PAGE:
8. In an apparatus of the character described, the combination of a hollow standard, a light collector on the upper end. of said standard adapted to receive the rays of the sun thereagainst and to direct the rays in substantially parallel pencils downwardly through the standard, a junction box on the lower end of the standard, a branch tube leading outwardly from one side of the junction box, a reflector in the junction box adapted to direct the pencils of rays from the lower end of the standard into said branch tube, a terminal box on the outer end of the tube, a diffusing lens in the lower side of said box, a second reflector mounted in said terminal box. a casing surrounding said tube and extending below the same, said casing being adapted to be mounted directly above the ceiling of a building, an opening in the lower side of said casing adapted to open through the ceiling, an artificial light pivotally mounted in the lower end of said casing and adapted to be raised at times into said tubes, and light controlling means mounted in said casing and having connection with the lamp support adapted to be automatically actu ated upon the raising of the light into operative position in the tubes.
9. In an apparatus as specified, the combination of a tube adapted to receive the suns rays therethrough, a diffusing member arranged at one end of said tube to receive said rays and difiuse the same for illuminating purposes, said tube being provided with an opening in one side, an electric light pivotally mounted at one side of the tube and adapted to be swung-into the same in line with said difl'using elements to supplant the suns rays when not available, and a circuit closer connected to said pivoted light adapted to be closed for energizing the light when the latter is raised into operative position in the tubes.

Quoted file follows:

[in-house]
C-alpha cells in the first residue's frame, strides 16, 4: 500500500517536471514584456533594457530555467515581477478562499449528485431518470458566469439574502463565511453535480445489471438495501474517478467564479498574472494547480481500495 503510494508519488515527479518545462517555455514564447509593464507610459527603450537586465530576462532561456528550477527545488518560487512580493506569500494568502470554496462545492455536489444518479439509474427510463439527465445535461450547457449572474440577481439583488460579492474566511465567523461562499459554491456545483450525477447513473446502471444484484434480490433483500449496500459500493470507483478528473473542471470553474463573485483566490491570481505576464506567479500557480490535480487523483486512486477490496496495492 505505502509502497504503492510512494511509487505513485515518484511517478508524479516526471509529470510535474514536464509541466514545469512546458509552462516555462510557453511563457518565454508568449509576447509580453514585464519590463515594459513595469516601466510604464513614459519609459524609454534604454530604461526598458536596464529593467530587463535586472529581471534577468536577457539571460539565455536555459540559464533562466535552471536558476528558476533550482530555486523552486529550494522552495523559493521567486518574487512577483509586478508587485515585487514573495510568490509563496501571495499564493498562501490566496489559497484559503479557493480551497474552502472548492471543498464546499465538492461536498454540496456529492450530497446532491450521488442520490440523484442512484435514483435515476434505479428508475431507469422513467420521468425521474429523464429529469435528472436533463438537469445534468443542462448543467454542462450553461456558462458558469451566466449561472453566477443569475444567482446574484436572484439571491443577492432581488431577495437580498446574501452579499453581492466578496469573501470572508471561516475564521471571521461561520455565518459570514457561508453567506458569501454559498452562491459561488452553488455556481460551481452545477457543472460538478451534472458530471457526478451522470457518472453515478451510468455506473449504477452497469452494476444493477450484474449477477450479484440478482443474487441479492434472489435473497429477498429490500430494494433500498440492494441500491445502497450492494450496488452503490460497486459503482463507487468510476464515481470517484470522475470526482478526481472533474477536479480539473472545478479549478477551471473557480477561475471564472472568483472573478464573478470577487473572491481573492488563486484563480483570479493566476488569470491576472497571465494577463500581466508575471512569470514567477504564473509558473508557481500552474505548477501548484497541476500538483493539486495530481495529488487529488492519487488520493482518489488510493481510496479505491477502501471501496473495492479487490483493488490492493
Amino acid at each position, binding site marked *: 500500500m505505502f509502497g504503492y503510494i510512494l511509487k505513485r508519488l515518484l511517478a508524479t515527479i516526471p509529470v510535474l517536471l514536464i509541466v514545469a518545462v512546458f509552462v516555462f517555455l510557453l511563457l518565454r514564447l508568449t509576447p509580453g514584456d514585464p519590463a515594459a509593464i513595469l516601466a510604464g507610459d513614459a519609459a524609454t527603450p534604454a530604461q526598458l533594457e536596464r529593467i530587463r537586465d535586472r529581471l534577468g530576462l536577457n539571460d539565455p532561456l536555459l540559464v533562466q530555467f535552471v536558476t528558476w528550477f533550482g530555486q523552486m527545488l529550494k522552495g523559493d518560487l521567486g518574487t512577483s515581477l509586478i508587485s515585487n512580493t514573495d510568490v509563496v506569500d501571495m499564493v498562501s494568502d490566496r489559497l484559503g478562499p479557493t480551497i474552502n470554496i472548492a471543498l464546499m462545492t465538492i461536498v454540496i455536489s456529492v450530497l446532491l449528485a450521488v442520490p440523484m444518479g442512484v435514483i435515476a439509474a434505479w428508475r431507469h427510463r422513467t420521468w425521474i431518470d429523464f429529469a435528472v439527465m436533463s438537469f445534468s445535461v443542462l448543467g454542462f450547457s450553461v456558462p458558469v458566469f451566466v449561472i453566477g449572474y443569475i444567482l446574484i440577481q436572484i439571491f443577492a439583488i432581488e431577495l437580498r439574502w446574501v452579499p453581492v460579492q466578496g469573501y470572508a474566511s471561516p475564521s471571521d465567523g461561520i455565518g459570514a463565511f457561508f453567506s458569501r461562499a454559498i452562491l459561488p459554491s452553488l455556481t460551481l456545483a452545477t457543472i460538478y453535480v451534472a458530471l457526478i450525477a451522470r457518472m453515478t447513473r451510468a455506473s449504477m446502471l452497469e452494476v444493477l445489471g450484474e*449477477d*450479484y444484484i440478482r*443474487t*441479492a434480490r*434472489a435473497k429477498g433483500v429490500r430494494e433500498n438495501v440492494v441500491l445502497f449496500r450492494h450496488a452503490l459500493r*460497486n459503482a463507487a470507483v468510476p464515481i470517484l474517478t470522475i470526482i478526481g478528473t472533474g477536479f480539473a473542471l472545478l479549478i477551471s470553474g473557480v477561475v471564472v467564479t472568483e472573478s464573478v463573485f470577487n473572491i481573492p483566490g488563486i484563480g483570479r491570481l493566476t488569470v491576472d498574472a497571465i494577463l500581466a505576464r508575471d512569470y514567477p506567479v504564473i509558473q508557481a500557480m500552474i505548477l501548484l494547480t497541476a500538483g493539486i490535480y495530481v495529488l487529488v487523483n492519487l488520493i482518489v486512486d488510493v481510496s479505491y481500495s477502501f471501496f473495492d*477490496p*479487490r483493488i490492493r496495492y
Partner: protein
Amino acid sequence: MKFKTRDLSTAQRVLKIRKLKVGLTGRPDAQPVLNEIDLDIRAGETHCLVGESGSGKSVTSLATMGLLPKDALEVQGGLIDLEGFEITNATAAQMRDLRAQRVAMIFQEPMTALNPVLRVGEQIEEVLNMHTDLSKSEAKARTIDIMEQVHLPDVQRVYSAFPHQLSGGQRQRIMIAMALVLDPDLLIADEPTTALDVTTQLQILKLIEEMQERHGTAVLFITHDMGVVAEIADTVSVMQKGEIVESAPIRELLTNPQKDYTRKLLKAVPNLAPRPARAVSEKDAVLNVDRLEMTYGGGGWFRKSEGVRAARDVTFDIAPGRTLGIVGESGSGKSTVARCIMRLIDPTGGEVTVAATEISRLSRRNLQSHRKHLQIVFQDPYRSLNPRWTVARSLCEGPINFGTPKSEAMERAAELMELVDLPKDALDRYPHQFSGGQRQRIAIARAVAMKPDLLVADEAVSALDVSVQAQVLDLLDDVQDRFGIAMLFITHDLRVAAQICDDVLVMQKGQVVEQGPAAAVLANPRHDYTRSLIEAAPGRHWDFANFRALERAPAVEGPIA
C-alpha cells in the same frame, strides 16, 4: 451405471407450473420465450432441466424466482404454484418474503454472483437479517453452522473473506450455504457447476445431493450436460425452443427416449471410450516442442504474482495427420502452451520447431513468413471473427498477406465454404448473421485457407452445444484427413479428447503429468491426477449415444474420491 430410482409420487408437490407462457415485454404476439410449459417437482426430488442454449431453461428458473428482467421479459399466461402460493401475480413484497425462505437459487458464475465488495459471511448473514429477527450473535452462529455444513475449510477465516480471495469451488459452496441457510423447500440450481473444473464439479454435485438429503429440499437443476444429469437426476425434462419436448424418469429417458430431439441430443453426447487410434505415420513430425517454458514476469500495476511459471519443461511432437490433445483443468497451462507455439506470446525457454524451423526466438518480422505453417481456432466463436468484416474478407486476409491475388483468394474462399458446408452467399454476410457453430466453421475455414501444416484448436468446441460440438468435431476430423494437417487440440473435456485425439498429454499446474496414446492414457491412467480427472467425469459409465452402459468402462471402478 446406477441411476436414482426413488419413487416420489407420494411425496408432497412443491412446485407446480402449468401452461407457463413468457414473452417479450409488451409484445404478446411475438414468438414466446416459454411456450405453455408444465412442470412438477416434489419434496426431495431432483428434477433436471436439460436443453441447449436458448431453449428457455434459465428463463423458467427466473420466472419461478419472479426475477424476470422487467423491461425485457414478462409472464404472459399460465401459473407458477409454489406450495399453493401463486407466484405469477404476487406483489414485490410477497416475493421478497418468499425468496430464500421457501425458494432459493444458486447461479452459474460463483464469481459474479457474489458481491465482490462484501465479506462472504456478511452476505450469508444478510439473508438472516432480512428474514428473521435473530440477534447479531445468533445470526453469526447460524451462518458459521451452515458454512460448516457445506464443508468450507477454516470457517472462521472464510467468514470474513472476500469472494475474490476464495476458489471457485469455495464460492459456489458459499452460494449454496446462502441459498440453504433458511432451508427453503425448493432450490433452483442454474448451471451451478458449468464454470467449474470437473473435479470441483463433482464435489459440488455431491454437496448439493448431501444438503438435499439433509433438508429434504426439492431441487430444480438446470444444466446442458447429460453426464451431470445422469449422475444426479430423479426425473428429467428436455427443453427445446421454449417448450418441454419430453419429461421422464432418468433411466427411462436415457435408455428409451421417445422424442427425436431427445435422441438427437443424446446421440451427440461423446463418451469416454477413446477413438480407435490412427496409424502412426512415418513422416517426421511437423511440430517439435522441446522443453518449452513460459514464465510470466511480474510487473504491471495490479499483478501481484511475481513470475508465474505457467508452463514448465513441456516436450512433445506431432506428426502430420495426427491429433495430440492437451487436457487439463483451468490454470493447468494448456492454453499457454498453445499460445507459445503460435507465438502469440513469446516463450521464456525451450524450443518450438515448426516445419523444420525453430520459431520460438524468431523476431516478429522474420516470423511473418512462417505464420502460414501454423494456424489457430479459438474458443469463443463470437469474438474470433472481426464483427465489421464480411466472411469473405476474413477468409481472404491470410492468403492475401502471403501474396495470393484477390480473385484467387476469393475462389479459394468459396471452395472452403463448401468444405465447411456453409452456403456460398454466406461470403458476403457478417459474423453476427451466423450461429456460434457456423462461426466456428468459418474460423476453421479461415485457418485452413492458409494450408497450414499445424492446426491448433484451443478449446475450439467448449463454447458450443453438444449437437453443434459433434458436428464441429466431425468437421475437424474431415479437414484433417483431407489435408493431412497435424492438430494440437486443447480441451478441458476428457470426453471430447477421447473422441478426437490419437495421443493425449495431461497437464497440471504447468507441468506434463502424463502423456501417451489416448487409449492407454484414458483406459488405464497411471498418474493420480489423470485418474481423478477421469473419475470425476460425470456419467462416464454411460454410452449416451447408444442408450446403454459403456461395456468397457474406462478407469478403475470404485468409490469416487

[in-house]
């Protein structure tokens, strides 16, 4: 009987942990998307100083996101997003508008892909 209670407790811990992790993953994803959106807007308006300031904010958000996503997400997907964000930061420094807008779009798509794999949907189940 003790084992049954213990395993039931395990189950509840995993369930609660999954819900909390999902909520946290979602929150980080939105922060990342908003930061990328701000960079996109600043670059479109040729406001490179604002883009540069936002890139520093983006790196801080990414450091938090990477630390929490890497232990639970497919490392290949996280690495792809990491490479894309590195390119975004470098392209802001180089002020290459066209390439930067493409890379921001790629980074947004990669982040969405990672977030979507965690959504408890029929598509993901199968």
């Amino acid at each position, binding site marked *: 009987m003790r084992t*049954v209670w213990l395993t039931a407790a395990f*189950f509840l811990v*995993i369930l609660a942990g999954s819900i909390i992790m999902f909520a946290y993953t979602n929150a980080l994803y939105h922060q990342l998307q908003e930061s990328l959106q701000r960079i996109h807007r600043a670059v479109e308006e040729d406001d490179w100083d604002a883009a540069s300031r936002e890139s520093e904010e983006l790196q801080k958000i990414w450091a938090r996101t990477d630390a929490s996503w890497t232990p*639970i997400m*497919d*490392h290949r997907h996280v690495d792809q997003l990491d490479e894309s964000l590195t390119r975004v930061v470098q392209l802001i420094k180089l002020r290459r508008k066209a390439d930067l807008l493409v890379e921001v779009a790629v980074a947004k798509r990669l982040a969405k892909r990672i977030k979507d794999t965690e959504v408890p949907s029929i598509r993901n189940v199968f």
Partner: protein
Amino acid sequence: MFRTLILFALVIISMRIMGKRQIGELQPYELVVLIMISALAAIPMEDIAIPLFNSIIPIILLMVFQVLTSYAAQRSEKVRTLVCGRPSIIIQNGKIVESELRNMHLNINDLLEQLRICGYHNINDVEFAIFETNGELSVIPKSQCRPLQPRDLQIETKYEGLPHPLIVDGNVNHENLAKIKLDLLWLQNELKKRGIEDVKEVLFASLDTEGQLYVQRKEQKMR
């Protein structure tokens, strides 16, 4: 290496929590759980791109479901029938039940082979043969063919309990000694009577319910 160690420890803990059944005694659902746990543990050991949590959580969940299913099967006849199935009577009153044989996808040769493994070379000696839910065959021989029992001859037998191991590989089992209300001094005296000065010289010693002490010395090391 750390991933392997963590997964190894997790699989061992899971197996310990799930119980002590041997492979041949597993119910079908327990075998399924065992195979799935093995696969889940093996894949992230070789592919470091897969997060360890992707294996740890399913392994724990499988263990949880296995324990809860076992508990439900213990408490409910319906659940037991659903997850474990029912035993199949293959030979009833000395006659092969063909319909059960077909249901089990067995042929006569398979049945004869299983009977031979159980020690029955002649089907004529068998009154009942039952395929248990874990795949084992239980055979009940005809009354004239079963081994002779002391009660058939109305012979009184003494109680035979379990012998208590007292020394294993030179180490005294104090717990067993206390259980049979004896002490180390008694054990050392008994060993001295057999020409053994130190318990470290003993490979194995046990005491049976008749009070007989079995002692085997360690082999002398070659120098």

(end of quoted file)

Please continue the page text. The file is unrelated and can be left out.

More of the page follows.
10. In an apparatus as specified, the combination of a tube adapted to receive the suns rays therethrough, a diffusing elementmounted on one end of the tube upon which the suns rays is adapted to be reflected, a casing communicating with one side of the tube and adapted to rest upon the upper side of a ceiling, said ceiling having openings therethrough communicating with said casing to conduct air from the room into said casing and into the tube, lateral. branches projecting from the upper end of the tube adapted to permit the exit of air from said tubes, and an artificial light adjustably mounted in said casing and adapted to be swung up into position in the tube to reflect the rays from the artificial light through said difi'using elements.
DANIEL M. MACDUFF.
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Washington, D. G.